March 2019
News for Alumni and Friends
Citizens Serving Communities to Shape Lives and Save Lives

Inside this issue...
If He Said It Once, He Said It Three Times, CSAF Remembers CAP Cadet Who Saved His Life, New Resource Highlights Women in Aviation, Board of Governors Member Supports Growth In Cyber, Cadets Flying Drones in Kentucky, and This Month's Alumni Highlight
If He Said It Once, He Said It Three Times....

Can you guess who the Chief of Staff of the Air Force said is the answer to our Nation's challenge?
General Goldfein Said This About the Pilot Shortage....

“We need to get America flying and one of the ways we get America flying is through the Civil Air Patrol. One of the ways we get America flying is by…lighting a spark in America's youth.” - General David L. Goldfein, Chief of Staff of the Air Force
Oh By The Way... Meet the Former CAP Cadet Who Saved General Goldfein's Life
Did You Complete the CAP Pararescue and Survival Orientation Course?
Yes, I completed PJOC and it was amazing!
No, but what an important skill to have!
CAP Video Corner
It's "Women in Aviation Month"
Civil Air Patrol Aerospace Education's newest curriculum "Women in Aviation" for grades 6-12.

This book provides an introduction to and a historical account of the contributions women have made to the field of aviation and aerospace since the beginning of the 20th century. 

Project Manager Lt. Col. Randy Carlson from CAP's California Wing focused on the stories of 12 diverse women, who made a contribution to aviation since the beginning of the 20th Century.

Watch the video to see a few highlights.
Emphasis on Cyber Continues, Former U.S. Cyber Command Leader Joins CAP Board of Governors
Retired U.S. Air Force Lt. Gen. James K. “Kevin” McLaughlin, former deputy commander of the U.S. Cyber Command, is the newest member of Civil Air Patrol’s Board of Governors.
A 34-year veteran of the Air Force, McLaughlin currently serves as director of cyber policy, strategy and security at Texas A&M University's George Bush School of Government and Public Service.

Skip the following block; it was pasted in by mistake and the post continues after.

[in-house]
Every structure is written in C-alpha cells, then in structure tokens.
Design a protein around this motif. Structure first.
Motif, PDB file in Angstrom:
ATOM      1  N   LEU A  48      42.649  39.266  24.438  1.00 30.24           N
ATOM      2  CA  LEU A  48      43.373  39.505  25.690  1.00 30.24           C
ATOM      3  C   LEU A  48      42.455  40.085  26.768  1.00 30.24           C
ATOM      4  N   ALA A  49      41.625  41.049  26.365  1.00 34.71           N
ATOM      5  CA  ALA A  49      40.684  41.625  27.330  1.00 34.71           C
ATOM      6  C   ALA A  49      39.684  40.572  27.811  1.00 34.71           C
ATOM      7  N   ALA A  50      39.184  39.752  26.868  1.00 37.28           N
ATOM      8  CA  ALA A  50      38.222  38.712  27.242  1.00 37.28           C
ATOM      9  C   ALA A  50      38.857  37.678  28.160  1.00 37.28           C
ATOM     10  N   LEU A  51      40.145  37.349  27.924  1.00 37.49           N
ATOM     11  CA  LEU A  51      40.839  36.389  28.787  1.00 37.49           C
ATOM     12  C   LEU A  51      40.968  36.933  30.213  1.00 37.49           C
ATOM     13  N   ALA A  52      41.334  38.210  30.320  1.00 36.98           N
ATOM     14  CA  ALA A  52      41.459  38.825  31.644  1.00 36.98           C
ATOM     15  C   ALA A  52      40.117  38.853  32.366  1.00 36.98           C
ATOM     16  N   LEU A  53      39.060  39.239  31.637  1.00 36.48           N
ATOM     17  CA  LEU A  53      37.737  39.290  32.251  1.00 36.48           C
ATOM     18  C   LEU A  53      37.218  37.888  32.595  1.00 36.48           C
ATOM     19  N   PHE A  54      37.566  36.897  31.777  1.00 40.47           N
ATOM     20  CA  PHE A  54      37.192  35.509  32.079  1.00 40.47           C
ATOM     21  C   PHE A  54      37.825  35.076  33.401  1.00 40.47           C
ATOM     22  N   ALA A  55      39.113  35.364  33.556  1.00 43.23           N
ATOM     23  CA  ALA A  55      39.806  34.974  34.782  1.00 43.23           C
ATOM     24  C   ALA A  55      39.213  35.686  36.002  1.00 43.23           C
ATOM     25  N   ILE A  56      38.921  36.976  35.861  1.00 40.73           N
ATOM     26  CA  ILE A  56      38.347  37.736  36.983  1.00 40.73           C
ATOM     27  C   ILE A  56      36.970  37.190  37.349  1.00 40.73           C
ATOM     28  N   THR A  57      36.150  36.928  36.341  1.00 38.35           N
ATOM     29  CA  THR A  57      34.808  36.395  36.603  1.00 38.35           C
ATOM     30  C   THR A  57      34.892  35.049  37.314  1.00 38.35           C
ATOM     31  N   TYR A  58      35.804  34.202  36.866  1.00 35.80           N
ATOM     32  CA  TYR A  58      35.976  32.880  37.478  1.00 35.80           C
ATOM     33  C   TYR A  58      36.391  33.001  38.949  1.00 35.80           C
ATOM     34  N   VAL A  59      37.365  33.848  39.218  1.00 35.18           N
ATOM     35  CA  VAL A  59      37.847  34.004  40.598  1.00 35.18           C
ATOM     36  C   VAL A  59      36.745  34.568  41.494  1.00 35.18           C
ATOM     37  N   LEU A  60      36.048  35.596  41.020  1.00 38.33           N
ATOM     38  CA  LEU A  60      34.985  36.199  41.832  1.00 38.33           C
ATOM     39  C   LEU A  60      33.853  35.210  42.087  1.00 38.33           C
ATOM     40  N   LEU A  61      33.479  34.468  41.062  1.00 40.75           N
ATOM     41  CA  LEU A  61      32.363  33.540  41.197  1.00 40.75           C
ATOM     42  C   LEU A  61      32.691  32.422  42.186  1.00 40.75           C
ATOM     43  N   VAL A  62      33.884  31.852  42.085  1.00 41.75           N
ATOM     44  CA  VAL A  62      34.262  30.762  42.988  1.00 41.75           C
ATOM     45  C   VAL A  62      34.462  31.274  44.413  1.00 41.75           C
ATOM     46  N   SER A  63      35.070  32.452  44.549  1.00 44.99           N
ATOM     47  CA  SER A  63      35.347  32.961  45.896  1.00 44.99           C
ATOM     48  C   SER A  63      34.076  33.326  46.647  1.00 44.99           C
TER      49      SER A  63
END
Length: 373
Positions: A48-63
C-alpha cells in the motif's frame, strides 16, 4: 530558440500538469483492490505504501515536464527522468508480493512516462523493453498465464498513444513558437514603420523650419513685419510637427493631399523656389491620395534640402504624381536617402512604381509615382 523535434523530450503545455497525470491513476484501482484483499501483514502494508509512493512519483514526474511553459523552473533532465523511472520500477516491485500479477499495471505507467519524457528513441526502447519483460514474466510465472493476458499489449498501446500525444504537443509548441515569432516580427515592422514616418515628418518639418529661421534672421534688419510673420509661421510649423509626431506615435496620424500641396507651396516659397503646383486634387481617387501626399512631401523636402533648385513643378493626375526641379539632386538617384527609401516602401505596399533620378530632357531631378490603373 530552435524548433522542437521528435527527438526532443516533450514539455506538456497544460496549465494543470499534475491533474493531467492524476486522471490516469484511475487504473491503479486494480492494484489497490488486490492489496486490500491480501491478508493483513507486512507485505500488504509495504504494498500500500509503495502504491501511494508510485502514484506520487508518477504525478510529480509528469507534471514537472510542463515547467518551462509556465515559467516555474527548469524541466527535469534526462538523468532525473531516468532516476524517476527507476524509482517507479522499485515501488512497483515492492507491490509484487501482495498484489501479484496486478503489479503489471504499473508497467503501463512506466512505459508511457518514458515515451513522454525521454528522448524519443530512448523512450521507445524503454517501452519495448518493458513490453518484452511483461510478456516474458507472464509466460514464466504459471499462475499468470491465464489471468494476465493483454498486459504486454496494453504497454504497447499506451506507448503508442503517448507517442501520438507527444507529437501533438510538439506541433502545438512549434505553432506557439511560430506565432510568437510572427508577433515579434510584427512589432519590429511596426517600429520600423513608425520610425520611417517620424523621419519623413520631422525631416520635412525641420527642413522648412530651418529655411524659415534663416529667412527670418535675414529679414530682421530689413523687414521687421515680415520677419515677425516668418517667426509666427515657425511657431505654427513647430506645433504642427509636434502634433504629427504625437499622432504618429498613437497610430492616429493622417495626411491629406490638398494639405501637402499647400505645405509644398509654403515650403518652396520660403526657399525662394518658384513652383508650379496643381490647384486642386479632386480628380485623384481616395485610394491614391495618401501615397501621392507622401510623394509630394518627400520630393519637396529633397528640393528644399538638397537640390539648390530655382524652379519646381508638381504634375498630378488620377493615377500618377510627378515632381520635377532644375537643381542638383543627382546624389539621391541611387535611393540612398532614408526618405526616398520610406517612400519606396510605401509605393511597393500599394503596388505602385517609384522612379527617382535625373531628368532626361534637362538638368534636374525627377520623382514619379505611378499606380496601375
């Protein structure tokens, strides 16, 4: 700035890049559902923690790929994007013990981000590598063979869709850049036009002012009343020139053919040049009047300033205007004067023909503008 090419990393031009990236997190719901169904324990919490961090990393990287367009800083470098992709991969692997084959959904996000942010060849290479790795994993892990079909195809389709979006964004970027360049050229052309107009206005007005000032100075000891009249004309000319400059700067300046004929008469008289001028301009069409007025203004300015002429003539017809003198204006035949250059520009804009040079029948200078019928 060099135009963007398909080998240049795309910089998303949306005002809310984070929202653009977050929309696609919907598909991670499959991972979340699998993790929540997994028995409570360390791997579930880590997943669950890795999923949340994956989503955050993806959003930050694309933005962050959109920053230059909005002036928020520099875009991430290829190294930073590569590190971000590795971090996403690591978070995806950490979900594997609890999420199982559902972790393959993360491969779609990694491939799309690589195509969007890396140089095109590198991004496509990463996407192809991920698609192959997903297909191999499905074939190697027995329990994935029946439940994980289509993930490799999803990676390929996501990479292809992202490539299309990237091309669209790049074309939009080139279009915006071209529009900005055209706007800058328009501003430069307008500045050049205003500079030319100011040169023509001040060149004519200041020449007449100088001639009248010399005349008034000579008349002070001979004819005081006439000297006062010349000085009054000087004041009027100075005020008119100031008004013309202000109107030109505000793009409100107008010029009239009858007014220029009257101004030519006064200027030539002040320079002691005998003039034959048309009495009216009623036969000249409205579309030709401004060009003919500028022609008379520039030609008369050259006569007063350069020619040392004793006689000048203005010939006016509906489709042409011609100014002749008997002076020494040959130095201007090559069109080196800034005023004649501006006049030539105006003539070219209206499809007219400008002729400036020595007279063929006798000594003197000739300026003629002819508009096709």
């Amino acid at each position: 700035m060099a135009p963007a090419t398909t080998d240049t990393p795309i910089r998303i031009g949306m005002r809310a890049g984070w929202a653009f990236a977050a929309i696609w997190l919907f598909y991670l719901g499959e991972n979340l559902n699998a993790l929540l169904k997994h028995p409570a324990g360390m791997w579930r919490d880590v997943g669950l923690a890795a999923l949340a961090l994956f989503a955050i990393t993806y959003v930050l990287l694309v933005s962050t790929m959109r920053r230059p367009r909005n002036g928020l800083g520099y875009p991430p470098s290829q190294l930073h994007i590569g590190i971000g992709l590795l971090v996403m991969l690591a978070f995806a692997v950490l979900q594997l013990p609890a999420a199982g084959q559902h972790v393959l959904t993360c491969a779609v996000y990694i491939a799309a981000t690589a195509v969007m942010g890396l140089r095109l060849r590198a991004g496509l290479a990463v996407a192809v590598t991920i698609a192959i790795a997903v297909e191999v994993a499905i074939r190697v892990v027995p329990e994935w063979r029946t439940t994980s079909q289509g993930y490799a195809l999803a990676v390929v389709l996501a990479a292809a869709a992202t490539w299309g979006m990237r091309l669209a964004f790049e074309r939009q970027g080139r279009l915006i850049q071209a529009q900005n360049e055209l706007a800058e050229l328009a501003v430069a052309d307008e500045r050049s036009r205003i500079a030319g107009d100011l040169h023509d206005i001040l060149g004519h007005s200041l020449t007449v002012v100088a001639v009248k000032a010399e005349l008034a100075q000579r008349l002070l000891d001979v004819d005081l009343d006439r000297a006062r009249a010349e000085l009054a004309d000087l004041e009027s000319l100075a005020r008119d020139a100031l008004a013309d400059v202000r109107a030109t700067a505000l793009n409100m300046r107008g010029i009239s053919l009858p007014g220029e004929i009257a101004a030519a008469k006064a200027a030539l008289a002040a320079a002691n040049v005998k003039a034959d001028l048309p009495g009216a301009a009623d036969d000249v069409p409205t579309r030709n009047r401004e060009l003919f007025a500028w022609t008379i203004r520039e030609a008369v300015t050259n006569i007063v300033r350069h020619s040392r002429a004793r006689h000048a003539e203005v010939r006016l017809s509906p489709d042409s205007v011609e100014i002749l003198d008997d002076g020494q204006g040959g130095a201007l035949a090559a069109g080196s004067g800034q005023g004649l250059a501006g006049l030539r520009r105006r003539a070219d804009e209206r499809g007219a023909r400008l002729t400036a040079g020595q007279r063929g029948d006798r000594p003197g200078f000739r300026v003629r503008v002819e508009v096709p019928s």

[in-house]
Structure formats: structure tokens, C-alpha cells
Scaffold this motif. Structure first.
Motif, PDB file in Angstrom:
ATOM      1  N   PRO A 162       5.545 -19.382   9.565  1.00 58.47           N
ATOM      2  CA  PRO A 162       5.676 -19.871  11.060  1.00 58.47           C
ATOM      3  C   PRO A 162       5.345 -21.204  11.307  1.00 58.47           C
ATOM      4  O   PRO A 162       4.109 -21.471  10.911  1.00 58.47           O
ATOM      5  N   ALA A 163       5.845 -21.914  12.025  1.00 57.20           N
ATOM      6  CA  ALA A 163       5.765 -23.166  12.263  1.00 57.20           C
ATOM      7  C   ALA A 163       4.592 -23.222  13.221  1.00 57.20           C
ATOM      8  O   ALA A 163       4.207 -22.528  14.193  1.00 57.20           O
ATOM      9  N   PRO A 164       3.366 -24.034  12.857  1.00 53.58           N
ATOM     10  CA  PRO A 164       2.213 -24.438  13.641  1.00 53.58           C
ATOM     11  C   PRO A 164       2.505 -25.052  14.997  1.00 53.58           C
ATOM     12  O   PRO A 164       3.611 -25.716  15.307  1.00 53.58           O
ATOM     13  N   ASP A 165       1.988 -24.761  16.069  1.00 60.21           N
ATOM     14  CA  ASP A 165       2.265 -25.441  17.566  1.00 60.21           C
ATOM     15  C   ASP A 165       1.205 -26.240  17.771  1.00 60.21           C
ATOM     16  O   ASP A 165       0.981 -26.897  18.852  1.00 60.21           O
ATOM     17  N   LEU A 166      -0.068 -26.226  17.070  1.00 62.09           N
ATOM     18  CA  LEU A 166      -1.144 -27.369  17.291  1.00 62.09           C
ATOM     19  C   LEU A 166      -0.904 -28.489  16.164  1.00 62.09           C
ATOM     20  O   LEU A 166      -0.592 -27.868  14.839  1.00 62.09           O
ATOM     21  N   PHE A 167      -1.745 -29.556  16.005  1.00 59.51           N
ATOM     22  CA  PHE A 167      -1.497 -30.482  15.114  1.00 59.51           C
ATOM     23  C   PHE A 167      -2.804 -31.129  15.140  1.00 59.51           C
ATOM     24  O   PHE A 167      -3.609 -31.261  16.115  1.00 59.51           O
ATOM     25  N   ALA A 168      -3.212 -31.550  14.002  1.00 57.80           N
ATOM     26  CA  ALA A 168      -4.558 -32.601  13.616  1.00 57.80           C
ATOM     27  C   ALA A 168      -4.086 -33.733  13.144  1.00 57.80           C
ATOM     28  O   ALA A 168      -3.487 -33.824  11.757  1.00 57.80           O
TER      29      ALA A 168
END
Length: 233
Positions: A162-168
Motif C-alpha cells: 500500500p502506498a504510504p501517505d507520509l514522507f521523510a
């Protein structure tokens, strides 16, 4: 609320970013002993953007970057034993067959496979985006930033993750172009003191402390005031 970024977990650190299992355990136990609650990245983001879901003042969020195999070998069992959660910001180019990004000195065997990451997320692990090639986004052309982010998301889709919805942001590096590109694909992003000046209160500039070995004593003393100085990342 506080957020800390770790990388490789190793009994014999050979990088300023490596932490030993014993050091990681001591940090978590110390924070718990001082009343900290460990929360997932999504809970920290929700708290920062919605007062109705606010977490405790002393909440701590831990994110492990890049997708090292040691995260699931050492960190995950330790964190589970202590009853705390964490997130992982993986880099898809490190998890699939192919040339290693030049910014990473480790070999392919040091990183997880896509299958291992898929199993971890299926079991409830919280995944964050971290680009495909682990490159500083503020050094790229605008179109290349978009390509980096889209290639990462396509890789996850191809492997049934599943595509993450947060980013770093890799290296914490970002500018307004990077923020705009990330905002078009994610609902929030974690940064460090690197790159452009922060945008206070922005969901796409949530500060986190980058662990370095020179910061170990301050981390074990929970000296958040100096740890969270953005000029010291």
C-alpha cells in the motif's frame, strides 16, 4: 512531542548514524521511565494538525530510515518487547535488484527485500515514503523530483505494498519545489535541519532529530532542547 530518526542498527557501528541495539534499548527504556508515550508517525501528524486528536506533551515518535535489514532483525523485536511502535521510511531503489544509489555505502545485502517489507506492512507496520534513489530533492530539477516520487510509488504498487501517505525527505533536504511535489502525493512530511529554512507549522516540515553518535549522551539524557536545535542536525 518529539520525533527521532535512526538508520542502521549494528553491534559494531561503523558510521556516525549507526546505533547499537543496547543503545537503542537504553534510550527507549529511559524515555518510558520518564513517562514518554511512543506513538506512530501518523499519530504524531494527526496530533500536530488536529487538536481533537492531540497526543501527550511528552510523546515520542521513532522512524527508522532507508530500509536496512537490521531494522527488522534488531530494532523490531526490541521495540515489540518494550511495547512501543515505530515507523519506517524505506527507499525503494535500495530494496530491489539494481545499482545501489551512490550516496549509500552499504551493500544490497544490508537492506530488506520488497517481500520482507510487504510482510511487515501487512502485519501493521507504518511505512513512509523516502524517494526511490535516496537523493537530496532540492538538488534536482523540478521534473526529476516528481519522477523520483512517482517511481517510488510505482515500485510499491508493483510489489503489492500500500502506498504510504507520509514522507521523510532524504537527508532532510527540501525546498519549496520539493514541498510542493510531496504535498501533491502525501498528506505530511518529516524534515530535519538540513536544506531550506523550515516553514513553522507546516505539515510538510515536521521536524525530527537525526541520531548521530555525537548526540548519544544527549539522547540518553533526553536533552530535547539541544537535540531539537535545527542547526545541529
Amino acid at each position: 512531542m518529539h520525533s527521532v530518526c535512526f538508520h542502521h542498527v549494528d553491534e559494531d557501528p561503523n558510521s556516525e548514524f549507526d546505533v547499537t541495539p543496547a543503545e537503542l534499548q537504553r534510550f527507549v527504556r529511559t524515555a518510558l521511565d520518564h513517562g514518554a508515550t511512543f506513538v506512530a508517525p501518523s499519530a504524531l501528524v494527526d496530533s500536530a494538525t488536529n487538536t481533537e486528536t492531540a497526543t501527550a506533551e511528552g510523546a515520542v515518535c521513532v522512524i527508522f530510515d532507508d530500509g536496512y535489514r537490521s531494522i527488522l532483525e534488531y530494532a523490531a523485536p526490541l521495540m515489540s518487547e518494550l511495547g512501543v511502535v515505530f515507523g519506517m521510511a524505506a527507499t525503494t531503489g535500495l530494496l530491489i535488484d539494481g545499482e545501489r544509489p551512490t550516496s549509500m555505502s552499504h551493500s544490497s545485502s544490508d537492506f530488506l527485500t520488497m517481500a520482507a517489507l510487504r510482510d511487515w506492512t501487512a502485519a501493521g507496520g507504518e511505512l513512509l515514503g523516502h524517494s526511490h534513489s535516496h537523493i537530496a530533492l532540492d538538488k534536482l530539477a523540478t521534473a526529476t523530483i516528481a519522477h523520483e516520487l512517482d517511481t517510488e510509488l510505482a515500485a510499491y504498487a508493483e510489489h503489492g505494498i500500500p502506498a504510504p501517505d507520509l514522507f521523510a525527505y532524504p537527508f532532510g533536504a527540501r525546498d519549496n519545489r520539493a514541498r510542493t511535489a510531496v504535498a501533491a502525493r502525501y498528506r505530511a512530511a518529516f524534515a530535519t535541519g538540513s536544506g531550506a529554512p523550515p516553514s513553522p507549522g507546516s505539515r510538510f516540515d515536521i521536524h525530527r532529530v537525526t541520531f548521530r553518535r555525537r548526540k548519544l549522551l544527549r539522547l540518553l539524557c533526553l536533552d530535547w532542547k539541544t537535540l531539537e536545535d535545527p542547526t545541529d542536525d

Maj. Gen. Mark Smith, CAP national commander and CEO, hailed McLaughlin’s appointment to the BoG as an important development in the organization’s continuing emphasis on cyber defense as a skill for cadets. “Gen. McLaughlin’s expertise in this area will help us focus even more on what’s already been a very strong program for our cadets,” Smith said.

Would you like to read more about CAP and Cyber programs?
Yes! I would like to see future stories about CAP and Cyber
No, but thank you for asking!
I'm not sure, what is Cyber?
Alumni & Friends Spotlight
Col. Regina Aye (n ée Ba iley) - CAP

Why did you join Civil Air Patrol? 
I joined CAP in 1989. One of my classmates was a cadet and invited me to visit a meeting. I had been going to airshows and flying remote control airplanes with my older brother for many years. Leadership was the part of the Cadet Program that appealed most to me, but I ended up loving all aspects of it. I also wanted to serve, and CAP was a way for me to do that. Due to some health issues, the military was not a career option for me. Two of my uncles served in the Air Force and provided me encouragement during my cadet years: one was a senior NCO and one was a WWII fighter ace.

  What is your current career?

I am a professor in the Instructional Design and Performance Technology doctoral program at Baker University. I am also the Directed Field Experience Coordinator and IDPT Program Coordinator. I’ve only been at the university for a few months. Previously, I was an academic dean at a community college. Editor's Note: Col. Aye is also the North Central Region Commander for CAP.

What specific lesson/experience from CAP has influenced your career or your life?

I can’t count the lessons learned in CAP that have helped me in my career and life. When I joined CAP I was a shy, seventeen-year-old with a very limited view of the world. CAP gave me confidence in myself and my abilities. Through National Cadet Special Activities (NCSAs) and International Air Cadet Exchange (IACE) , Civil Air Patrol showed me the world beyond the town of 1,000 where I grew up. 

The leadership lessons I learned in CAP have served me well in my career. Those lessons have helped me advance to positions of responsibility more quickly than others. CAP also provided some great leadership experiences that helped me build a stronger resume. Some of the strong female leaders who have been my mentors in CAP also provided a great example for me to follow. Finally, the Core Values provide a great foundation for success in CAP and outside the organization.
These Cadets Are Busier Than Bees and the Community is "Drone-ing On" About Their Work
New Civil Air Patrol Publications Available